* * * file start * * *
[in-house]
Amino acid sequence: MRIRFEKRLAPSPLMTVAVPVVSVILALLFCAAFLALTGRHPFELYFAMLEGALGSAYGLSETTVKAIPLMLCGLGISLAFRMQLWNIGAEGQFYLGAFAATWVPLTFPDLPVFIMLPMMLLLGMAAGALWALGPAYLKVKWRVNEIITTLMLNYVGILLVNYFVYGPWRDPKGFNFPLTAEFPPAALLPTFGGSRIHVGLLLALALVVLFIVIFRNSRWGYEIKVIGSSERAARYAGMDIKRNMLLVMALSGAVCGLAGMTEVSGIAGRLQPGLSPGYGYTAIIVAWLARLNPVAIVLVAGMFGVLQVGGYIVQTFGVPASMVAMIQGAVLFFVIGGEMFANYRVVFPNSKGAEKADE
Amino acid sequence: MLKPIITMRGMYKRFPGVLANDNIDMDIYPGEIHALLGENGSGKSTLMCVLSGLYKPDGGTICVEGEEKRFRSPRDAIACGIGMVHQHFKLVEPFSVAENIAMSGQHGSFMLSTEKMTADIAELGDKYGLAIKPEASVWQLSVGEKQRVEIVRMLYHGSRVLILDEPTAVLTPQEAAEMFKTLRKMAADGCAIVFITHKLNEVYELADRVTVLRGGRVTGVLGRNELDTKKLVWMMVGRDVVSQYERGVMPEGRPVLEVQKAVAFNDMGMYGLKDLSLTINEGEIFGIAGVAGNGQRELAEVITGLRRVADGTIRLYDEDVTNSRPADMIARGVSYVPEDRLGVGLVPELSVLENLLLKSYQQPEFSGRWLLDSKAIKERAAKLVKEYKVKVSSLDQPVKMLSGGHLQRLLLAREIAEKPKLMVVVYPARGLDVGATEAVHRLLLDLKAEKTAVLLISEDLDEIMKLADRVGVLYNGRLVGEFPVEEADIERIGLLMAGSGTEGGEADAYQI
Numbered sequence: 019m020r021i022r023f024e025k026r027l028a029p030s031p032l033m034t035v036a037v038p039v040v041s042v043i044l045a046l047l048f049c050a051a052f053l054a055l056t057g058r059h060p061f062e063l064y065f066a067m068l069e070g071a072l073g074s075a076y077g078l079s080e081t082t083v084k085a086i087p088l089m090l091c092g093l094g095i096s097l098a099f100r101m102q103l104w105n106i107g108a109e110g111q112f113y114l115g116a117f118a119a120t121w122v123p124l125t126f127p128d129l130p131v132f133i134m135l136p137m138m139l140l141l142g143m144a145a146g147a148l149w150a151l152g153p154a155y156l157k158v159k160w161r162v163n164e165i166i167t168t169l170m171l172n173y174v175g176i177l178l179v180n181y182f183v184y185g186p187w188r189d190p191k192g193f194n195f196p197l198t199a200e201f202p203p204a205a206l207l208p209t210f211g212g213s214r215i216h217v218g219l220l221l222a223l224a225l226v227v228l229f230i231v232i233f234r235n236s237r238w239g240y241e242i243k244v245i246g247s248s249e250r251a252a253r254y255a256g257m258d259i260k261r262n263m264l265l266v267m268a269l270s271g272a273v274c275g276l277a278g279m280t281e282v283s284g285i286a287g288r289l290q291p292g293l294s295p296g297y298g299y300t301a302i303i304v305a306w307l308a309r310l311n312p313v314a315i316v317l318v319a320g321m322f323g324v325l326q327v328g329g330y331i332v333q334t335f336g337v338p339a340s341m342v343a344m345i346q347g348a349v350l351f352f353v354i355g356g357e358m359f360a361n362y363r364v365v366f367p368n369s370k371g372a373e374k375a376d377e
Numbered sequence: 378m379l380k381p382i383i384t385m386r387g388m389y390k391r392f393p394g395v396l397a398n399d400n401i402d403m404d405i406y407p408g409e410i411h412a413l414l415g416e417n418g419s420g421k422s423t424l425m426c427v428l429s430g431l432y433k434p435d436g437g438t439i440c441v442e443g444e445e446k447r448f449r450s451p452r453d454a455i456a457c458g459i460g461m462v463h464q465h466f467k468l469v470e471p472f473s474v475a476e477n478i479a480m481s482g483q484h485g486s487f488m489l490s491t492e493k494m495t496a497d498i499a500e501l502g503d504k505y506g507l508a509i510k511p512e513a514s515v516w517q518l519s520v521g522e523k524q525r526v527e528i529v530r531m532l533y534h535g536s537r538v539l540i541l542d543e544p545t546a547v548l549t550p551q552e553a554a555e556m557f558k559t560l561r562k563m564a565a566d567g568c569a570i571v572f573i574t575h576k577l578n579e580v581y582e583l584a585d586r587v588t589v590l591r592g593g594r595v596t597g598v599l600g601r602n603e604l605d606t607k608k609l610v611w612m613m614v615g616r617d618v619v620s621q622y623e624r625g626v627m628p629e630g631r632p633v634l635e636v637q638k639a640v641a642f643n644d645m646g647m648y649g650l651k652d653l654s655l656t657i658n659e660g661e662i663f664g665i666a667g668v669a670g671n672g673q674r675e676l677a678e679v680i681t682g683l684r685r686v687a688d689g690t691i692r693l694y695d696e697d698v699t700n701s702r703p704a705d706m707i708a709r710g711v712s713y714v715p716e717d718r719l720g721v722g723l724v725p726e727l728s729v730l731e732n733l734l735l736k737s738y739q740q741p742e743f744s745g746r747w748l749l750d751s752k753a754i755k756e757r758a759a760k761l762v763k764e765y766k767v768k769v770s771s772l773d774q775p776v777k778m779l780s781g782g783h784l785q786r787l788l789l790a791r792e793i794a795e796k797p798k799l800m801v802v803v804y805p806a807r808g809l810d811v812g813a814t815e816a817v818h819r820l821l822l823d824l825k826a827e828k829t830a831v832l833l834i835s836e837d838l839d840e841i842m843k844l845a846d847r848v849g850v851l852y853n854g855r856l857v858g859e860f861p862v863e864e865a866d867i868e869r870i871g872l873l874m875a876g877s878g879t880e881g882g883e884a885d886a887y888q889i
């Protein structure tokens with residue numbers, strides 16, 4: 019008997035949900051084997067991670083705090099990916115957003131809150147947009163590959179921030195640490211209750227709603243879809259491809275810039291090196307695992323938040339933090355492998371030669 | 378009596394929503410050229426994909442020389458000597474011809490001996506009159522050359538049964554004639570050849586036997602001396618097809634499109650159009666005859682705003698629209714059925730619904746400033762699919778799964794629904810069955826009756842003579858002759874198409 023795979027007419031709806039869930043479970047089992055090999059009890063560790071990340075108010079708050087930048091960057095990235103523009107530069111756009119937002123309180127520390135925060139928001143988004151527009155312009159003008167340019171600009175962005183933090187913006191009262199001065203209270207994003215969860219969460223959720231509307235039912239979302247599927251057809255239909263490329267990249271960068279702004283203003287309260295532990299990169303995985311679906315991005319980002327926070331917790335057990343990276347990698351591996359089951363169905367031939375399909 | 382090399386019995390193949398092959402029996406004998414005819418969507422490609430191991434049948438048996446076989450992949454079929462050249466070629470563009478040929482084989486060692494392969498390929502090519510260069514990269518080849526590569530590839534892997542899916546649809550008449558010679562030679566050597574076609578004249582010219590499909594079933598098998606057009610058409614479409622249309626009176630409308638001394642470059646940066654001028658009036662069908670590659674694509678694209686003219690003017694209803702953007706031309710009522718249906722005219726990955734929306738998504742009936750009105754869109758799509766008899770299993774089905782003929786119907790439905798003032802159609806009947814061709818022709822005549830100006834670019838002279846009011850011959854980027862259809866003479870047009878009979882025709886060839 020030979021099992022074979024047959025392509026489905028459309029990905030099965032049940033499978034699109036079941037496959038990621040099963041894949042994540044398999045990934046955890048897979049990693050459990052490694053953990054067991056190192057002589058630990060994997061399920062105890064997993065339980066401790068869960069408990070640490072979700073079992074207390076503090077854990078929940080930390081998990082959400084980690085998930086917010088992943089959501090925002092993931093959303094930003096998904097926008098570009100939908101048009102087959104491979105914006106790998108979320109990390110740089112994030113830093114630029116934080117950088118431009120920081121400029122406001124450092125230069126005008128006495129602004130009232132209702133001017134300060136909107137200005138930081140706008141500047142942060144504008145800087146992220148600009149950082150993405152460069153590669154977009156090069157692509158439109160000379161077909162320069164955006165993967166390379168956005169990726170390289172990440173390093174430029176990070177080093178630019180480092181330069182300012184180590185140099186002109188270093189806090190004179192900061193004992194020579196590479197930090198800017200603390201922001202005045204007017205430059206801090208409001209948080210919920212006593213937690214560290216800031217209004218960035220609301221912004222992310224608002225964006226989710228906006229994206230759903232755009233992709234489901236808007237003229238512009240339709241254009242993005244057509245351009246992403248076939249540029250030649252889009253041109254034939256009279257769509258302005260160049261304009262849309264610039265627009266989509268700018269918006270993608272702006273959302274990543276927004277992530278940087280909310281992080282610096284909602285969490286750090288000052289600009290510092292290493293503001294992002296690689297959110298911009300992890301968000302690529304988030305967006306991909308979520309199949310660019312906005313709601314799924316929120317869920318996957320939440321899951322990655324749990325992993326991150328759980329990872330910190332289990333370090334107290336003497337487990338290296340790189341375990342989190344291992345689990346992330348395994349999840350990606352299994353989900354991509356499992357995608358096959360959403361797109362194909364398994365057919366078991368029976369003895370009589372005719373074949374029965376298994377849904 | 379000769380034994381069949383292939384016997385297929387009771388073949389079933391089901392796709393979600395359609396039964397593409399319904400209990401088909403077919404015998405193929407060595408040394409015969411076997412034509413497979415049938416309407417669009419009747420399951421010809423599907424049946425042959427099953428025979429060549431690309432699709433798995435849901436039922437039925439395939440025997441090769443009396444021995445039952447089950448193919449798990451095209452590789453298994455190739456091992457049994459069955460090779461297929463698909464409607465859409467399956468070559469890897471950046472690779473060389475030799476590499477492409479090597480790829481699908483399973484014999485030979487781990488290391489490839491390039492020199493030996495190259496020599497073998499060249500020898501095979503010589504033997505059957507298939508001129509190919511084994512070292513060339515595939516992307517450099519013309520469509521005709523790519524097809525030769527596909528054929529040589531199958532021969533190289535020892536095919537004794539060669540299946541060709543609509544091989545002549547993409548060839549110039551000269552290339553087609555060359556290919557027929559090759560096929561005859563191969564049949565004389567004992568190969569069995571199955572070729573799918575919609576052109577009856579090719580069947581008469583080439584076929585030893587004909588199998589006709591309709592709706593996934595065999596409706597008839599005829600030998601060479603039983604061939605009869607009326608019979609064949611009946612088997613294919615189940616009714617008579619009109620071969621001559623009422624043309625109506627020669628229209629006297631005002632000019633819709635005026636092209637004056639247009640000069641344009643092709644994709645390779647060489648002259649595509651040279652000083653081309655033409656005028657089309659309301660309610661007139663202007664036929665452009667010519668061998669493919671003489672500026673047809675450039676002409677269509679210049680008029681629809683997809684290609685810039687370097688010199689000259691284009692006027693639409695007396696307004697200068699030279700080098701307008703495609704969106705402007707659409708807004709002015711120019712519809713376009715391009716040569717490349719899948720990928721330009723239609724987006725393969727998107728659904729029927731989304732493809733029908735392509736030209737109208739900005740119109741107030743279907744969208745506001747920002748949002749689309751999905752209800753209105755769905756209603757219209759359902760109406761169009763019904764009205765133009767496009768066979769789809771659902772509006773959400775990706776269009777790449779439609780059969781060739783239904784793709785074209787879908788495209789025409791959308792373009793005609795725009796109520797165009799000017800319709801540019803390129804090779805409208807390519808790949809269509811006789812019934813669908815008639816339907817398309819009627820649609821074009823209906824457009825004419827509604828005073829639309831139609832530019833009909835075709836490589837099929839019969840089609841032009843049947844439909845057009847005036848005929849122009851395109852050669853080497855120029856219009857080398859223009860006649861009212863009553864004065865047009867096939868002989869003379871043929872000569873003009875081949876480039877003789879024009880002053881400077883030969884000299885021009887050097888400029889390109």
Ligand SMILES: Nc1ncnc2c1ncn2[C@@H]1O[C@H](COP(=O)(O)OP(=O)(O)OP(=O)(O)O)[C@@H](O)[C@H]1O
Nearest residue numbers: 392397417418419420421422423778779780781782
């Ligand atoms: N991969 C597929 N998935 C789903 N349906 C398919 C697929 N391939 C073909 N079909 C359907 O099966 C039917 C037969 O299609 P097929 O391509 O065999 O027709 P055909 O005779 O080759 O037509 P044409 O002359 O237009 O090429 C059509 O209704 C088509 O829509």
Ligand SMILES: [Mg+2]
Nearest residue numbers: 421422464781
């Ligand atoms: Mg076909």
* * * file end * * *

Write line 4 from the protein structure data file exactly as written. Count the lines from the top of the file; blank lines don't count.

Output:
Numbered sequence: 019m020r021i022r023f024e025k026r027l028a029p030s031p032l033m034t035v036a037v038p039v040v041s042v043i044l045a046l047l048f049c050a051a052f053l054a055l056t057g058r059h060p061f062e063l064y065f066a067m068l069e070g071a072l073g074s075a076y077g078l079s080e081t082t083v084k085a086i087p088l089m090l091c092g093l094g095i096s097l098a099f100r101m102q103l104w105n106i107g108a109e110g111q112f113y114l115g116a117f118a119a120t121w122v123p124l125t126f127p128d129l130p131v132f133i134m135l136p137m138m139l140l141l142g143m144a145a146g147a148l149w150a151l152g153p154a155y156l157k158v159k160w161r162v163n164e165i166i167t168t169l170m171l172n173y174v175g176i177l178l179v180n181y182f183v184y185g186p187w188r189d190p191k192g193f194n195f196p197l198t199a200e201f202p203p204a205a206l207l208p209t210f211g212g213s214r215i216h217v218g219l220l221l222a223l224a225l226v227v228l229f230i231v232i233f234r235n236s237r238w239g240y241e242i243k244v245i246g247s248s249e250r251a252a253r254y255a256g257m258d259i260k261r262n263m264l265l266v267m268a269l270s271g272a273v274c275g276l277a278g279m280t281e282v283s284g285i286a287g288r289l290q291p292g293l294s295p296g297y298g299y300t301a302i303i304v305a306w307l308a309r310l311n312p313v314a315i316v317l318v319a320g321m322f323g324v325l326q327v328g329g330y331i332v333q334t335f336g337v338p339a340s341m342v343a344m345i346q347g348a349v350l351f352f353v354i355g356g357e358m359f360a361n362y363r364v365v366f367p368n369s370k371g372a373e374k375a376d377e